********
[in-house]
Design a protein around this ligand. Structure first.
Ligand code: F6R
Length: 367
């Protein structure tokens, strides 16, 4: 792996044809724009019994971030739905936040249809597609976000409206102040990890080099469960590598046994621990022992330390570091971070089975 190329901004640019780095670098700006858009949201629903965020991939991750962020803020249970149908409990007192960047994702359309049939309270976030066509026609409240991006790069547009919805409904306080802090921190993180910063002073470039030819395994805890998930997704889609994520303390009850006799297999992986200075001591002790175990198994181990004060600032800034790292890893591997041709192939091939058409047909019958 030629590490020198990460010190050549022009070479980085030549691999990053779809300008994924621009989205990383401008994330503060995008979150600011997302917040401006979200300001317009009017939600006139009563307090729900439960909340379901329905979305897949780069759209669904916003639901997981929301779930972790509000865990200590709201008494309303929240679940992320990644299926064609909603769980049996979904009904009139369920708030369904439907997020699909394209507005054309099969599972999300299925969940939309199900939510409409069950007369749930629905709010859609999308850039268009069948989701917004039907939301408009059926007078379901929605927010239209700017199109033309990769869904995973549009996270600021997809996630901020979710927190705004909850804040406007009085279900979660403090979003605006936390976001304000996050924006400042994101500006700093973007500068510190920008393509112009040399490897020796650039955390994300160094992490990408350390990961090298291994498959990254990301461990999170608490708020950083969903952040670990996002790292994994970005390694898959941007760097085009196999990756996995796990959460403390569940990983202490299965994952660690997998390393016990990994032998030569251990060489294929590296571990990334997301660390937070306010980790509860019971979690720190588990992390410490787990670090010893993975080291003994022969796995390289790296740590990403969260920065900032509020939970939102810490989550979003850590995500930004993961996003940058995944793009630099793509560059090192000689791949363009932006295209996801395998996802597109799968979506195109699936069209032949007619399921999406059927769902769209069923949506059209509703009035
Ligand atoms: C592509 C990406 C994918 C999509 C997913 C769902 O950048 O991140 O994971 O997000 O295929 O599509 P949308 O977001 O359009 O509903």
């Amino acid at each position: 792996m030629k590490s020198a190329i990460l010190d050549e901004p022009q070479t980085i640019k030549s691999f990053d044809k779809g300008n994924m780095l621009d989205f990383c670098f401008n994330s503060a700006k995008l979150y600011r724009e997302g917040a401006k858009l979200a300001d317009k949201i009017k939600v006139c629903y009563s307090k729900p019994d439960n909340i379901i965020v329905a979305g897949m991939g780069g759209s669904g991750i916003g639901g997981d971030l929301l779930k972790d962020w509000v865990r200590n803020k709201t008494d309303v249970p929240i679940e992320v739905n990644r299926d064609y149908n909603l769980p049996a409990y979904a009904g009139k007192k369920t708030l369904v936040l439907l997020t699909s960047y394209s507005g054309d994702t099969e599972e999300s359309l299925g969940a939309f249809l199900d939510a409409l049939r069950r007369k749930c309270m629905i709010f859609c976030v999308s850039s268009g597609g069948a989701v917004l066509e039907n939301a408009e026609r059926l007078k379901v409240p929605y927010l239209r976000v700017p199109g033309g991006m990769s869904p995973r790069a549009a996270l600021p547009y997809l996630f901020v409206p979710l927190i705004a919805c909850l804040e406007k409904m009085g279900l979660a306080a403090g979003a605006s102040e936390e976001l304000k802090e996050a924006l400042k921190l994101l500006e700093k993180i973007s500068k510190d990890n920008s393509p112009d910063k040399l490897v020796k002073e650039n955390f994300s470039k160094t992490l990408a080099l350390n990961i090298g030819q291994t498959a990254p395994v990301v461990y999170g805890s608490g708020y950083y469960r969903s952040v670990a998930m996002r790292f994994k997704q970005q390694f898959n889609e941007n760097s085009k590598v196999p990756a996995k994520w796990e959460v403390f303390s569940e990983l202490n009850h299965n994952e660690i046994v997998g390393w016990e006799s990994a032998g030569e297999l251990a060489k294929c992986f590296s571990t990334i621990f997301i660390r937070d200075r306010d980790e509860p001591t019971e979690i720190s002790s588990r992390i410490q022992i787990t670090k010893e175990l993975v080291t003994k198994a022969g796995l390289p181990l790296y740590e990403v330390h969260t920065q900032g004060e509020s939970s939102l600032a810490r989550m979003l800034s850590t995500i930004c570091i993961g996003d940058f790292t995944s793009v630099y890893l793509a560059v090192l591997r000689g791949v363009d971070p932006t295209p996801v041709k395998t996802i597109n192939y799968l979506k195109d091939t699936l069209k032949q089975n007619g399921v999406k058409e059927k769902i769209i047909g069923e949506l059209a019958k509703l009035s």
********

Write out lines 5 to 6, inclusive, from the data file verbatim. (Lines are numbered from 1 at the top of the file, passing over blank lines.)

């Protein structure tokens, strides 16, 4: 792996044809724009019994971030739905936040249809597609976000409206102040990890080099469960590598046994621990022992330390570091971070089975 190329901004640019780095670098700006858009949201629903965020991939991750962020803020249970149908409990007192960047994702359309049939309270976030066509026609409240991006790069547009919805409904306080802090921190993180910063002073470039030819395994805890998930997704889609994520303390009850006799297999992986200075001591002790175990198994181990004060600032800034790292890893591997041709192939091939058409047909019958 030629590490020198990460010190050549022009070479980085030549691999990053779809300008994924621009989205990383401008994330503060995008979150600011997302917040401006979200300001317009009017939600006139009563307090729900439960909340379901329905979305897949780069759209669904916003639901997981929301779930972790509000865990200590709201008494309303929240679940992320990644299926064609909603769980049996979904009904009139369920708030369904439907997020699909394209507005054309099969599972999300299925969940939309199900939510409409069950007369749930629905709010859609999308850039268009069948989701917004039907939301408009059926007078379901929605927010239209700017199109033309990769869904995973549009996270600021997809996630901020979710927190705004909850804040406007009085279900979660403090979003605006936390976001304000996050924006400042994101500006700093973007500068510190920008393509112009040399490897020796650039955390994300160094992490990408350390990961090298291994498959990254990301461990999170608490708020950083969903952040670990996002790292994994970005390694898959941007760097085009196999990756996995796990959460403390569940990983202490299965994952660690997998390393016990990994032998030569251990060489294929590296571990990334997301660390937070306010980790509860019971979690720190588990992390410490787990670090010893993975080291003994022969796995390289790296740590990403969260920065900032509020939970939102810490989550979003850590995500930004993961996003940058995944793009630099793509560059090192000689791949363009932006295209996801395998996802597109799968979506195109699936069209032949007619399921999406059927769902769209069923949506059209509703009035
Ligand atoms: C592509 C990406 C994918 C999509 C997913 C769902 O950048 O991140 O994971 O997000 O295929 O599509 P949308 O977001 O359009 O509903």